Playing God

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Playing God

What is science? In the nineteenth century many believed it was attempting to play God. During this era new scientific discoveries in Europe were immense, and controversy over them was extreme. Not only did this new movement challenge the principles of Christianity but the belief in God. “Mary Shelley's Frankenstein through Victor Frankenstein's perilous journey shows the destruction behind man's thirst for scientific knowledge and the ethical reasons as to why man should not play God (cite).”

Victor Frankenstein attempts to go beyond human bounds and undertake in the greatest mistake of his life. “Victor's experiment created in the name of science holds the key to which Victor believes is his future success (cite).” “The Accomplishment of his toils” is described as a wretched male figure formed from the corpses of others (Frankenstein, 34). Through his efforts, Frankenstein brings this figure to life, and his desire to succeed and discover impel him to play God. "It was the secrets of heaven and earth that [he] desired to learn; and whether it was the outward substance of things or the inner spirit of nature and the mysterious soul of man that occupied [him]" (22) (cite.) However, Frankenstein is so deeply captivated with bringing about life that he fails to recognize the moral affects the creature will have on society, and most importantly that there could possibly be an explanation we can't create life unnaturally or be immortal. After the completion of his experiment, Frankenstein begins to recognize some of the consequences when he states, “how can I describe my emotions at this catastrophe, or how delineate the wretch whom with such infinite pain and care I had endeavoured to form?"(34) (cite).

Is it not irresponsible and foolish to create life from death, while what is alive is not fully comprehended? When Frankenstein saw his creation and admitted his dissatisfaction, some may ask why he would create such a monster knowing it would definitely not fit into society. The clear explanation would be he fears his own death, thus trying to obtain the knowledge of life to prevent it. “Frankenstein's scientific pursuit is for his selfish means, not for the betterment of society.” Frankenstein remarks by saying, “The labours of men of genius, however erroneously directed, scarcely ever fail in ultimately turning to the solid advantage of mankind” (34). “The novel goes on to prove this could be no farther from the truth. By simply addressing the issue that some scientists may be ‘erroneously directed', Frankenstein shows he is considering the ulterior motives of his plans. He is recognizing that his motives may not be for the ‘advantage of mankind', and that this would be simply a bi-product of his creation.” Frankenstein also fails to realize what society would think of his creature and how the creature would be affected by the general public. The creature is sent out into the world with the temperament of man, but entirely lacking the guidance and nurturing that all creatures need. This role playing of God is not what man was intended for, and children are made of a sperm and egg, not the hands of man. Who could handle the responsibility of controlling life? Only a Divine Power could control such an intricate process, and is a responsibility no person could endure.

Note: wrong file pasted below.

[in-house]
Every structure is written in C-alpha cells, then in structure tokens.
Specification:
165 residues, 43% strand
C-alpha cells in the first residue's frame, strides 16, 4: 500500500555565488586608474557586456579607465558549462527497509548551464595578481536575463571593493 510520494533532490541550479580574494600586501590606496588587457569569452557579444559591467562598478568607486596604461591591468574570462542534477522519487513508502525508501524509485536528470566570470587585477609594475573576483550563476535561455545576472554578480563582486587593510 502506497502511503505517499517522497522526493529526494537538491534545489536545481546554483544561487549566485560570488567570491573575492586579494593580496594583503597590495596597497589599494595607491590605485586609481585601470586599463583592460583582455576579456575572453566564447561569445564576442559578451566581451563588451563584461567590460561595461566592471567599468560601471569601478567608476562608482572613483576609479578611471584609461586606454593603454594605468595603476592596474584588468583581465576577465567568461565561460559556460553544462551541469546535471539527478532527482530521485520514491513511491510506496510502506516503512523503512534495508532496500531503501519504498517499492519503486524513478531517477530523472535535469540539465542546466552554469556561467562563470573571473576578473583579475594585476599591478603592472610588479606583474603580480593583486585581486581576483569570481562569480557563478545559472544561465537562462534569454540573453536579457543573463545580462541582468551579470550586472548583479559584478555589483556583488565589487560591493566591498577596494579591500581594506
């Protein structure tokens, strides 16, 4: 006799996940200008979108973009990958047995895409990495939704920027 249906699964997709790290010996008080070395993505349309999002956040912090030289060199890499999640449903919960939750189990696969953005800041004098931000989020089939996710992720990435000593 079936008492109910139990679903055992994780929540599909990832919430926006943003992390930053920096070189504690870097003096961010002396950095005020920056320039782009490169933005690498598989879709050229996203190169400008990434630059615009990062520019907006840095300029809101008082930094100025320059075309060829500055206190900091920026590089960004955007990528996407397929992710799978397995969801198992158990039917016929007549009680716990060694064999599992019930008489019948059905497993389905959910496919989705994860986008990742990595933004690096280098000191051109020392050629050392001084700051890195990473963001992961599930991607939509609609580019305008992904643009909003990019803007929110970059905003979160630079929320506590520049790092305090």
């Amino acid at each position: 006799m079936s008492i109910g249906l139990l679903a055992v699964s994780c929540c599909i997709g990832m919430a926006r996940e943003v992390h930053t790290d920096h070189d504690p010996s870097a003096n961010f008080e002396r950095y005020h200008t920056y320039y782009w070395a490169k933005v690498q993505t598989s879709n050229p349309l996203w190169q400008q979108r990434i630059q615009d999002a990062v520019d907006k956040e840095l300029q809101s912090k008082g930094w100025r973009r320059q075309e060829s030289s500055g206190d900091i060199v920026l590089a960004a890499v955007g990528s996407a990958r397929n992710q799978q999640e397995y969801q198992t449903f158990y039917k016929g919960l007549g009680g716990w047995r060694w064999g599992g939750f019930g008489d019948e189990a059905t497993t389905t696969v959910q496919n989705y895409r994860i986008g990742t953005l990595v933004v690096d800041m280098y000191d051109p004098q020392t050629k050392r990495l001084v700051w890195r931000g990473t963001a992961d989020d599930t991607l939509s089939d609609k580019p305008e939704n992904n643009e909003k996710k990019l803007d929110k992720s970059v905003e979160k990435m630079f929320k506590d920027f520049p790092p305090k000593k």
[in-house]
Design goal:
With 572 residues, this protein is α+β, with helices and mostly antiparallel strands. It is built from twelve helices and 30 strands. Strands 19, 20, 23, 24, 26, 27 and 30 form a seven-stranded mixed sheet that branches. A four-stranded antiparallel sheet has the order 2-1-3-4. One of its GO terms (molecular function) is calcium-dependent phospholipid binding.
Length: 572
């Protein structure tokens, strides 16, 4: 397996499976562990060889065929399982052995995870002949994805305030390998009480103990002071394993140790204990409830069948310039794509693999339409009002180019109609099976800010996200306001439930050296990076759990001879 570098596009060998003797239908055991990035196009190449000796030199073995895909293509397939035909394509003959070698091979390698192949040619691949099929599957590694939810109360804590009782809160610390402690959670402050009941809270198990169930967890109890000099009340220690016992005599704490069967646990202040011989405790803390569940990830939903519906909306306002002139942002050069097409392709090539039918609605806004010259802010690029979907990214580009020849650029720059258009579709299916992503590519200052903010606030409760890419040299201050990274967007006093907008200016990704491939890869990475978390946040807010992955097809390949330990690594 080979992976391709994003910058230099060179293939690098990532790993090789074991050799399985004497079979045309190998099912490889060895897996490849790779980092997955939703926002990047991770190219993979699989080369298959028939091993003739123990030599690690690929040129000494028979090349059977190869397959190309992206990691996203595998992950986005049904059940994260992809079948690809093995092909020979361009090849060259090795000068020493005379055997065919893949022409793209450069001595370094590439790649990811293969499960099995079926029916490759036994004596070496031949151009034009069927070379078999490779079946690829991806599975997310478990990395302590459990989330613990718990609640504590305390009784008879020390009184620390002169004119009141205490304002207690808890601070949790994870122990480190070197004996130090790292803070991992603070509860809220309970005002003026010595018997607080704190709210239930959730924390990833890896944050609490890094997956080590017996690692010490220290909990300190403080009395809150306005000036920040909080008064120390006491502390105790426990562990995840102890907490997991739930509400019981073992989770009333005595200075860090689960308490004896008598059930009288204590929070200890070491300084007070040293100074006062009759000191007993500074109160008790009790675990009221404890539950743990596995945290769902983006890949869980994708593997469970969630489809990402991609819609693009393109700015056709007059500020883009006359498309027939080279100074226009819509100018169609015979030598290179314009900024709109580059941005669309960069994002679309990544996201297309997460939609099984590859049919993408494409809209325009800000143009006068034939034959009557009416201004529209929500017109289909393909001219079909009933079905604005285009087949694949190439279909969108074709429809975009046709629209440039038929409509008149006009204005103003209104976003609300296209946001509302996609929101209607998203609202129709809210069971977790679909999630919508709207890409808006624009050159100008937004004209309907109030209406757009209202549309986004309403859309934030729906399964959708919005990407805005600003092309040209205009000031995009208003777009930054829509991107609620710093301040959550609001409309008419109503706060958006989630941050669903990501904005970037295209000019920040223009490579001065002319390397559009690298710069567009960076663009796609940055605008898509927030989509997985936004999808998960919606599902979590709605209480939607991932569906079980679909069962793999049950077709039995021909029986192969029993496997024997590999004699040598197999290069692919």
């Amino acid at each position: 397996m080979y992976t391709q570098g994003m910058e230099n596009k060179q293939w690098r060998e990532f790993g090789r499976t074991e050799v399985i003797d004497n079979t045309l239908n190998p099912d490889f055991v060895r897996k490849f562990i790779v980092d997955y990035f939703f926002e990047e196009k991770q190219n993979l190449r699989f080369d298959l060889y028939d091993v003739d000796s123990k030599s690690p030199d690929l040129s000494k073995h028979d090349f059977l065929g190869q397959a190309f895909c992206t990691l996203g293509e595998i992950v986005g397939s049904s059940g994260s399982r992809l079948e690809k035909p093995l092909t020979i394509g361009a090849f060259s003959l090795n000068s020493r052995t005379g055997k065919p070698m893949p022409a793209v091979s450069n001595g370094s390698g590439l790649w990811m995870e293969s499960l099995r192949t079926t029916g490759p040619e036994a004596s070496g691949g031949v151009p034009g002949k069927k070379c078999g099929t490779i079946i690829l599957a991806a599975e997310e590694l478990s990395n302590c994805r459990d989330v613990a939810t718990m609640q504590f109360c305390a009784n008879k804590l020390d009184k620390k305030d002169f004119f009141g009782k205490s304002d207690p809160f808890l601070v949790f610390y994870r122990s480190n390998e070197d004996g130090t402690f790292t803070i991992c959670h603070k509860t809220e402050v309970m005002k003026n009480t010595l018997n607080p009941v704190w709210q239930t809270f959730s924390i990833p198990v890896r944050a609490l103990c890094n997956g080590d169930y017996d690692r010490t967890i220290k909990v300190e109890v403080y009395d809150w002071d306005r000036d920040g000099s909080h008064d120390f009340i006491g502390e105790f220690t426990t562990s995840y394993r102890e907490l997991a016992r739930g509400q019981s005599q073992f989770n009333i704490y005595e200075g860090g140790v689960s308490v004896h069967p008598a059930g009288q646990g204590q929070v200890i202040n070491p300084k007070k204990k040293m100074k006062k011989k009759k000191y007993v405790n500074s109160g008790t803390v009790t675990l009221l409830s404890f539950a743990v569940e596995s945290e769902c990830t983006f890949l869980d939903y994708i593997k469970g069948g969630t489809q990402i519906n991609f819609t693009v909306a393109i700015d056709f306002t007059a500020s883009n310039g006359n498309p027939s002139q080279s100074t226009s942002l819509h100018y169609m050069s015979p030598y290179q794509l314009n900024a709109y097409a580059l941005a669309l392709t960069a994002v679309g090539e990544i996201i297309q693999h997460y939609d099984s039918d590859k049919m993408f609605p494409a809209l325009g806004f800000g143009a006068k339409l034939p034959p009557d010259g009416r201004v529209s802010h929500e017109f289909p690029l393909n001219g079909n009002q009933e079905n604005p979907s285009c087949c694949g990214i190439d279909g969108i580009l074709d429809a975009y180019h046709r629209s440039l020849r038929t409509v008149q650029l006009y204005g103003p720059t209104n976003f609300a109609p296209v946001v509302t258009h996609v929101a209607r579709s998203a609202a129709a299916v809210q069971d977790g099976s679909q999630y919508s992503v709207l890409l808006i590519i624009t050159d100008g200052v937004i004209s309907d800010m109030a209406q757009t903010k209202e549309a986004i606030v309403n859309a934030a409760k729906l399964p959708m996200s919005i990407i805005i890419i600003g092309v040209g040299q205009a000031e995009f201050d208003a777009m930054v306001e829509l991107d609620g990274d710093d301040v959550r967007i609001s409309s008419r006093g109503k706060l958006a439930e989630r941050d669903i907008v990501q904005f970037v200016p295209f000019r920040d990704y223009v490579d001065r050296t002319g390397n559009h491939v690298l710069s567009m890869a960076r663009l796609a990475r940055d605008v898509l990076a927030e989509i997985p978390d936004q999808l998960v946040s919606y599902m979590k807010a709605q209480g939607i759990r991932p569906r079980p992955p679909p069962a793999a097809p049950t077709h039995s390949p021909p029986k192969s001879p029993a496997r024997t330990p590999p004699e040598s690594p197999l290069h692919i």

Victor takes many simple things for granted in his life, which are symbolized through the monster. "I am alone and miserable: man will not associate with me; but one as deformed and horrible as myself would not deny herself to me" (129). All the monster requests is someone to share his life with, to live happily, and be loved; and through these pleasures the monster witnesses happiness. Victor's scientific pursuit interferes with his life and ruins his happiness. He loses the desire for companionship because of his endeavors, and though Elizabeth longs for his return, he is too engaged in his work. Frankenstein has an opportunity to be happy, but the monster is never given the chance. “This presents Shelley's argument that when you allow things such as science to get in the way of your true needs, such as love, you will not live a life worth living. Frankenstein and his monster are both miserable because they both live their life without love.” He solved the most incomprehensible question, he reached the peak of scientific understanding, he accomplished his goals, yet he is miserable. “For this I had deprived myself of rest and health. I had desired it with an ardour that far exceeded moderation; but now that I had finished, the beauty of the dream vanished, and breathless horror and disgust filled my heart” (42). Shelley purposely lets Frankenstein accomplish his goal, but she makes a point that if the scientific knowledge of life can't bring happiness then no scientific knowledge can.

Victor is so infatuated with completing his task and achieving fame that he fails to realize the lasting affects or consequences of his breakthrough. Shelley makes a valid argument that in many ways, we would all be better off without complex scientific thought: “Learn from me, if not by my precepts, at least by my example, how dangerous is the acquirement of knowledge and how much happier that man is who believes his native town to be the world, than he who aspires to become greater than his nature will allow" (38).

Victor advises Walton by declaring, “Seek happiness in tranquility and avoid ambition, even if it be only the apparently innocent one of distinguishing yourself in science and discoveries" (200). This passage evidently discusses Victor's selfishness in fulfilling his objective. Shelley argues that scientists who are only seeking fame and fortune do not consider the long term effects and will be considered notorious.